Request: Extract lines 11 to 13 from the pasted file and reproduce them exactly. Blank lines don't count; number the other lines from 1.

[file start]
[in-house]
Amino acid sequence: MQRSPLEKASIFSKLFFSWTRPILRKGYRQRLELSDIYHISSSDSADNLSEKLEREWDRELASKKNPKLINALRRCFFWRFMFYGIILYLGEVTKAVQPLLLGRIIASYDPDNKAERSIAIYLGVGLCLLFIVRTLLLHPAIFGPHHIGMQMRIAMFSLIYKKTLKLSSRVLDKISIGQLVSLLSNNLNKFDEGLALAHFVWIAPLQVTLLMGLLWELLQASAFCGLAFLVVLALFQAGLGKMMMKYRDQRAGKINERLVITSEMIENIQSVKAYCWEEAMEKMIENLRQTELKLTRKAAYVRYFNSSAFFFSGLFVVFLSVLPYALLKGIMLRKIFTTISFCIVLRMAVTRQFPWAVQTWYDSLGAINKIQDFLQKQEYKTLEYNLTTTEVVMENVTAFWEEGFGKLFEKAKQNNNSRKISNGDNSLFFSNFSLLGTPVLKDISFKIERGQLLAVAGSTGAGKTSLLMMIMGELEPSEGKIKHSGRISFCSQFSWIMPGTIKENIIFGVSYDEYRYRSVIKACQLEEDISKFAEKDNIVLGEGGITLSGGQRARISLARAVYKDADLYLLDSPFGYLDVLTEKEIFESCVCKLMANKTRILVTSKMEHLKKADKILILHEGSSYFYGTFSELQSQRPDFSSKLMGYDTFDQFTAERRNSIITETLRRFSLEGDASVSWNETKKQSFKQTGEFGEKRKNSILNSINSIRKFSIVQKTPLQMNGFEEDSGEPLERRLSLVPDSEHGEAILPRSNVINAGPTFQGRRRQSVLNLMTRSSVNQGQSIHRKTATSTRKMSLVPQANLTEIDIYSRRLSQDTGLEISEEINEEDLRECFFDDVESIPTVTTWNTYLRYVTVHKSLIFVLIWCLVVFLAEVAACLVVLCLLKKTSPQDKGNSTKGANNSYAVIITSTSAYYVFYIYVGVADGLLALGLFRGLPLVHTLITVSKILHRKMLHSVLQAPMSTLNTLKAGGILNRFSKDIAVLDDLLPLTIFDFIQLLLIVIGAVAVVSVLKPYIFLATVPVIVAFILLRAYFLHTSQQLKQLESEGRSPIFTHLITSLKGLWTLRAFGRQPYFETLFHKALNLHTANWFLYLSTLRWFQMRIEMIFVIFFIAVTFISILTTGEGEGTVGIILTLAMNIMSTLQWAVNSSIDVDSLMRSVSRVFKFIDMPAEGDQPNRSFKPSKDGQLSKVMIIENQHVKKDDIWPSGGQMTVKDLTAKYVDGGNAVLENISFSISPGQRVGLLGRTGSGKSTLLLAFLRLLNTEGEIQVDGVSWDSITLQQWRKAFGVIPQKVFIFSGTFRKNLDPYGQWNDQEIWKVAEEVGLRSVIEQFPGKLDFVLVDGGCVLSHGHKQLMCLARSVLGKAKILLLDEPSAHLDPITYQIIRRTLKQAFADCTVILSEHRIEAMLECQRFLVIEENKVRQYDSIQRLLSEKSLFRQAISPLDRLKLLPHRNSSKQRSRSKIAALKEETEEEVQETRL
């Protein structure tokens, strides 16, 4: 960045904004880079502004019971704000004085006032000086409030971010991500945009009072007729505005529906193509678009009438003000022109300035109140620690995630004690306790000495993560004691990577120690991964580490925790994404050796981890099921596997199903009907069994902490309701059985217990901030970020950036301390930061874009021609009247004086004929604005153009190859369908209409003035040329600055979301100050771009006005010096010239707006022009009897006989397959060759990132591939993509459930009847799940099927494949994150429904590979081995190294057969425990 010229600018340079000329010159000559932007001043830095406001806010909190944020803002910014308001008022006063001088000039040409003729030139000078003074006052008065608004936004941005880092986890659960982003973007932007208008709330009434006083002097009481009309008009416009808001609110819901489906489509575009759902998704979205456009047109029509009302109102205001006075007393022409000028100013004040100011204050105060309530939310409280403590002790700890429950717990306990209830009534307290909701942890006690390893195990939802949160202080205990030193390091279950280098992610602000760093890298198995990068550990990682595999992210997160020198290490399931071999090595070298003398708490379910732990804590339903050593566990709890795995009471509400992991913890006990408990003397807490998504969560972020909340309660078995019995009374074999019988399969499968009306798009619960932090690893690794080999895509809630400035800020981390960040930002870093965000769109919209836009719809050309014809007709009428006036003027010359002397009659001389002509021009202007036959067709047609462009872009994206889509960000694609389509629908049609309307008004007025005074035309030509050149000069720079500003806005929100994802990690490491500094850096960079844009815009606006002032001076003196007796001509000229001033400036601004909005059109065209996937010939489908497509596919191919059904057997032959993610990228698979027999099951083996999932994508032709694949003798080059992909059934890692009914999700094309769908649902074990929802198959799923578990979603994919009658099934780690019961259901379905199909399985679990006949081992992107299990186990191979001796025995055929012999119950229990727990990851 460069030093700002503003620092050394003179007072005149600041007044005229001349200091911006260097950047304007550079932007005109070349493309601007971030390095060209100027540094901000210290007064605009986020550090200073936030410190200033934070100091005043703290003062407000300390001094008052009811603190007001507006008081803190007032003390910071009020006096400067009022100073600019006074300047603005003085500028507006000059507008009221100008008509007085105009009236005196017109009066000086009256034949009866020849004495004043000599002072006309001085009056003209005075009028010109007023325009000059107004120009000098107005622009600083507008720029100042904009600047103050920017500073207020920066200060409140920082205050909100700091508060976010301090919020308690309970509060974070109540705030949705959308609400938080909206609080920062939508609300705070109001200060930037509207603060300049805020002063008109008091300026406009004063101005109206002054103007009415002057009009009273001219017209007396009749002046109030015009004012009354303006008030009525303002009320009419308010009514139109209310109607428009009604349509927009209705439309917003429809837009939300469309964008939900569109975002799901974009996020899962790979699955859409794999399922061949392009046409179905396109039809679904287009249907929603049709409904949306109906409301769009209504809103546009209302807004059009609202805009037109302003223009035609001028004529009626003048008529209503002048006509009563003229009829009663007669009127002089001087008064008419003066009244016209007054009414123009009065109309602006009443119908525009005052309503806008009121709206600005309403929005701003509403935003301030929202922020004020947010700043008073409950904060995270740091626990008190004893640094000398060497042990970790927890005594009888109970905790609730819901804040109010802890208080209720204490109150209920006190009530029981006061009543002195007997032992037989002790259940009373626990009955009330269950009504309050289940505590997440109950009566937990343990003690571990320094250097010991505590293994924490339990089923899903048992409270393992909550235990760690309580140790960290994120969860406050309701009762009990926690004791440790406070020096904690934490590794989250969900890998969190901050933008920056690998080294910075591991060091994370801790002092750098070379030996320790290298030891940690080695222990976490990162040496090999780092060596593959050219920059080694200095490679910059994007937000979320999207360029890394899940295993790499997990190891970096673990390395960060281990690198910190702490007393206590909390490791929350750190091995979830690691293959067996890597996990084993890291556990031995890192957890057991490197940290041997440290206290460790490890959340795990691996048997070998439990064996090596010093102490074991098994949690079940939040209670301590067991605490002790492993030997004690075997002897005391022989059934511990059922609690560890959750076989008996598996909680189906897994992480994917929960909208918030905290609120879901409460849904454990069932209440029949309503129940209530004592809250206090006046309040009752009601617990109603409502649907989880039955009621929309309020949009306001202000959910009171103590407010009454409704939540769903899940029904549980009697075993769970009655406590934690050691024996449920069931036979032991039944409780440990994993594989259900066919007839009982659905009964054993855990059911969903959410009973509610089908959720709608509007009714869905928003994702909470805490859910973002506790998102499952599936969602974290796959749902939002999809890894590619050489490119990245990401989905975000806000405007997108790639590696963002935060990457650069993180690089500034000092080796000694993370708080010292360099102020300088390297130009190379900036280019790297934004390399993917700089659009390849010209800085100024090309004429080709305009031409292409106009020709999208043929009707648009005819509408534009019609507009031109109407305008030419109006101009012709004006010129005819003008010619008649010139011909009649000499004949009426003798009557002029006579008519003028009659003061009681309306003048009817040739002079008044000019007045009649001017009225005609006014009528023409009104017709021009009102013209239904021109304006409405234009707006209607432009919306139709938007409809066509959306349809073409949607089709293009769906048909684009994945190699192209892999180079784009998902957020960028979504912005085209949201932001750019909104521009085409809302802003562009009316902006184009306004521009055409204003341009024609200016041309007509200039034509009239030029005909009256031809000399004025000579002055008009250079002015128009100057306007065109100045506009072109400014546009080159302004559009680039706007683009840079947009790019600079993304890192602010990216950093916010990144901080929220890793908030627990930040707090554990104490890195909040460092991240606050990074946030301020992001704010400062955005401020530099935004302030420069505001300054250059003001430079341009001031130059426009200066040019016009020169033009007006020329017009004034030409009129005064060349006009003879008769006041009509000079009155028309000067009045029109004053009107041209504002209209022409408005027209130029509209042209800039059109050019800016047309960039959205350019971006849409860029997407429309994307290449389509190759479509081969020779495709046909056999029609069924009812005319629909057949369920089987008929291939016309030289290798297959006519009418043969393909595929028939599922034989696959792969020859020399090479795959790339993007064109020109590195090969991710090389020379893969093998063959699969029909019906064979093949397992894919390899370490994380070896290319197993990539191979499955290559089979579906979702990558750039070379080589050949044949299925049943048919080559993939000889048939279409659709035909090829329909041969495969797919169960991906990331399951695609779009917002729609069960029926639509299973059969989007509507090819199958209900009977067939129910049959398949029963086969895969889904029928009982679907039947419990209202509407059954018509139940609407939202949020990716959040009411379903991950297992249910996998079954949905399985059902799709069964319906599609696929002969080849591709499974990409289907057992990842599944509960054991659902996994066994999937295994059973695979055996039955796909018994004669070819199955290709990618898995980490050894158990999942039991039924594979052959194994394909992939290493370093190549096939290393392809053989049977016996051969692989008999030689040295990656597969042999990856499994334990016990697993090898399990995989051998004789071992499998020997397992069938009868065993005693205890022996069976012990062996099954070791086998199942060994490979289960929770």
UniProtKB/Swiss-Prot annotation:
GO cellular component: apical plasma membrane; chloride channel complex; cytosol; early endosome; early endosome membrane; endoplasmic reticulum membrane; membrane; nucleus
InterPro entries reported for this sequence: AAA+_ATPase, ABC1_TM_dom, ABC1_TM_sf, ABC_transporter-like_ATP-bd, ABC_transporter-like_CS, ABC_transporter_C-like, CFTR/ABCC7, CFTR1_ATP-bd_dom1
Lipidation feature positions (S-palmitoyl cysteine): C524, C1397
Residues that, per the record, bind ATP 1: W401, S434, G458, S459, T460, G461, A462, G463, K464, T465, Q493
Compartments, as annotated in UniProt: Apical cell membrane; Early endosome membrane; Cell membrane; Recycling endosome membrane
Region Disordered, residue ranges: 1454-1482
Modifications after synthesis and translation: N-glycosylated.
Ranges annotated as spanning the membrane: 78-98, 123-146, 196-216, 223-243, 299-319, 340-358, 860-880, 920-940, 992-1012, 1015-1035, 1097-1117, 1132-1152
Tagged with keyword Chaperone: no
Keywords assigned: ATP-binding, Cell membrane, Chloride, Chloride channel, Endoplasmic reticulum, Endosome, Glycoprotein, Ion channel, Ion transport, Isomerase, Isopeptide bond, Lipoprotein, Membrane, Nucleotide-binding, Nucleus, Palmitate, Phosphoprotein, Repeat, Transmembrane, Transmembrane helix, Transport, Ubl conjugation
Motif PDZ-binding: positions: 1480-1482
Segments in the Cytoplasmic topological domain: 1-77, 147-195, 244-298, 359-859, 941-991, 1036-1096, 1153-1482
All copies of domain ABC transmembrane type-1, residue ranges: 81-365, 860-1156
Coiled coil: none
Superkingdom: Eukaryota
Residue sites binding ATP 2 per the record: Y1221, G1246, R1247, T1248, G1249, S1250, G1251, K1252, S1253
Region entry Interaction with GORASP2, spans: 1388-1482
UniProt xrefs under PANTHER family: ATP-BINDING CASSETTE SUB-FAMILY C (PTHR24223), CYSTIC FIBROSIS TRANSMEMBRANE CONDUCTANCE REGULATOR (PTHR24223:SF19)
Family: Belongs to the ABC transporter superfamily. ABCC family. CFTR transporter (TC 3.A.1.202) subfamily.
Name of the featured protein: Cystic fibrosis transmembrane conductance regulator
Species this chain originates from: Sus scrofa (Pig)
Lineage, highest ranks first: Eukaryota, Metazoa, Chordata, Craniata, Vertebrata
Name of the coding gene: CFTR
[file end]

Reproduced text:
Modifications after synthesis and translation: N-glycosylated.
Ranges annotated as spanning the membrane: 78-98, 123-146, 196-216, 223-243, 299-319, 340-358, 860-880, 920-940, 992-1012, 1015-1035, 1097-1117, 1132-1152
Tagged with keyword Chaperone: no